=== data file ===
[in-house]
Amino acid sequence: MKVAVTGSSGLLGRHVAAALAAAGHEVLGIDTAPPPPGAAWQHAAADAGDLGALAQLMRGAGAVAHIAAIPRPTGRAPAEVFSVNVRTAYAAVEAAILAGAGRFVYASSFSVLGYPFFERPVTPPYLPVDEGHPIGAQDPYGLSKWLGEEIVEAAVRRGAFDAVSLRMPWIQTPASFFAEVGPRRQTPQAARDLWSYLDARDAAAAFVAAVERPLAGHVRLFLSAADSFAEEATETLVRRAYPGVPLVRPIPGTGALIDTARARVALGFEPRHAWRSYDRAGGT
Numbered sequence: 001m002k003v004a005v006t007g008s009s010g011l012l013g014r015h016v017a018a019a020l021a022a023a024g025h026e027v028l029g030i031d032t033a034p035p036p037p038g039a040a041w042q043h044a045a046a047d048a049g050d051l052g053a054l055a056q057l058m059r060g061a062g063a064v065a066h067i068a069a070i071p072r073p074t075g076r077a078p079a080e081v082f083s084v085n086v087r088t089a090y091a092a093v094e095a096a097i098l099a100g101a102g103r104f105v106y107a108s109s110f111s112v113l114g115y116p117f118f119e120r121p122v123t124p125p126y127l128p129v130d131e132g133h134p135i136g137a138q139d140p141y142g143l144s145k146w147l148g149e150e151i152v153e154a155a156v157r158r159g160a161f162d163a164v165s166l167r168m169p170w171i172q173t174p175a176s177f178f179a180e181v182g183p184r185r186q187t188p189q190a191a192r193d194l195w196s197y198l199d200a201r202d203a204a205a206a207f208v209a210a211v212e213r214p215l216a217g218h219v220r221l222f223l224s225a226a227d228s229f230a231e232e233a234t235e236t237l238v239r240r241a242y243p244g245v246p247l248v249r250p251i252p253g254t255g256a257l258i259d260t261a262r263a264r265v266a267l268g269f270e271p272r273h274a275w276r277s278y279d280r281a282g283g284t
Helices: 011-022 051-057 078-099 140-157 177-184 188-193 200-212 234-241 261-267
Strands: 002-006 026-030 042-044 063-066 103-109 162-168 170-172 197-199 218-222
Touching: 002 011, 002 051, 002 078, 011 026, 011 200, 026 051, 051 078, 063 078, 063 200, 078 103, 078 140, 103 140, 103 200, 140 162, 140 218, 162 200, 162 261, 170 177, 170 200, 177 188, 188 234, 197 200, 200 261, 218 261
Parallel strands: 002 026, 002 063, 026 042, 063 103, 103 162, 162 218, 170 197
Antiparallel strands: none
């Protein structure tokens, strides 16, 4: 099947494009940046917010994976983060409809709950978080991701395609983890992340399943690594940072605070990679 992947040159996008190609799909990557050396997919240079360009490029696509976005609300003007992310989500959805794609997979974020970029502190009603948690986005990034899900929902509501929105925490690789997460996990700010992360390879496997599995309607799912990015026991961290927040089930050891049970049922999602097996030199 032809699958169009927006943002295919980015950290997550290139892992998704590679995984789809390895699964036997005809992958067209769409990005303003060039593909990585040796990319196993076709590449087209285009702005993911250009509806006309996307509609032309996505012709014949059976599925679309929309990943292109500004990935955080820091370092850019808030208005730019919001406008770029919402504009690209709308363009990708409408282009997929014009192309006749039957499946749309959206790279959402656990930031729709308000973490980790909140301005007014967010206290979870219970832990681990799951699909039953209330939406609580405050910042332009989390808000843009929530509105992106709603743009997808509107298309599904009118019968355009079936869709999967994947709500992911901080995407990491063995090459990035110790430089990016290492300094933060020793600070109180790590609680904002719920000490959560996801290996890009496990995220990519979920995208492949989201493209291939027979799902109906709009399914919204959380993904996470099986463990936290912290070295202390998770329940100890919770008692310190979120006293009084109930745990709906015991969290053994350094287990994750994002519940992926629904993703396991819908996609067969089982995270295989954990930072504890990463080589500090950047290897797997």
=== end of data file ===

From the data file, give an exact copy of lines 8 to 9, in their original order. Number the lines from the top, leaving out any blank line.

Antiparallel strands: none
């Protein structure tokens, strides 16, 4: 099947494009940046917010994976983060409809709950978080991701395609983890992340399943690594940072605070990679 992947040159996008190609799909990557050396997919240079360009490029696509976005609300003007992310989500959805794609997979974020970029502190009603948690986005990034899900929902509501929105925490690789997460996990700010992360390879496997599995309607799912990015026991961290927040089930050891049970049922999602097996030199 032809699958169009927006943002295919980015950290997550290139892992998704590679995984789809390895699964036997005809992958067209769409990005303003060039593909990585040796990319196993076709590449087209285009702005993911250009509806006309996307509609032309996505012709014949059976599925679309929309990943292109500004990935955080820091370092850019808030208005730019919001406008770029919402504009690209709308363009990708409408282009997929014009192309006749039957499946749309959206790279959402656990930031729709308000973490980790909140301005007014967010206290979870219970832990681990799951699909039953209330939406609580405050910042332009989390808000843009929530509105992106709603743009997808509107298309599904009118019968355009079936869709999967994947709500992911901080995407990491063995090459990035110790430089990016290492300094933060020793600070109180790590609680904002719920000490959560996801290996890009496990995220990519979920995208492949989201493209291939027979799902109906709009399914919204959380993904996470099986463990936290912290070295202390998770329940100890919770008692310190979120006293009084109930745990709906015991969290053994350094287990994750994002519940992926629904993703396991819908996609067969089982995270295989954990930072504890990463080589500090950047290897797997």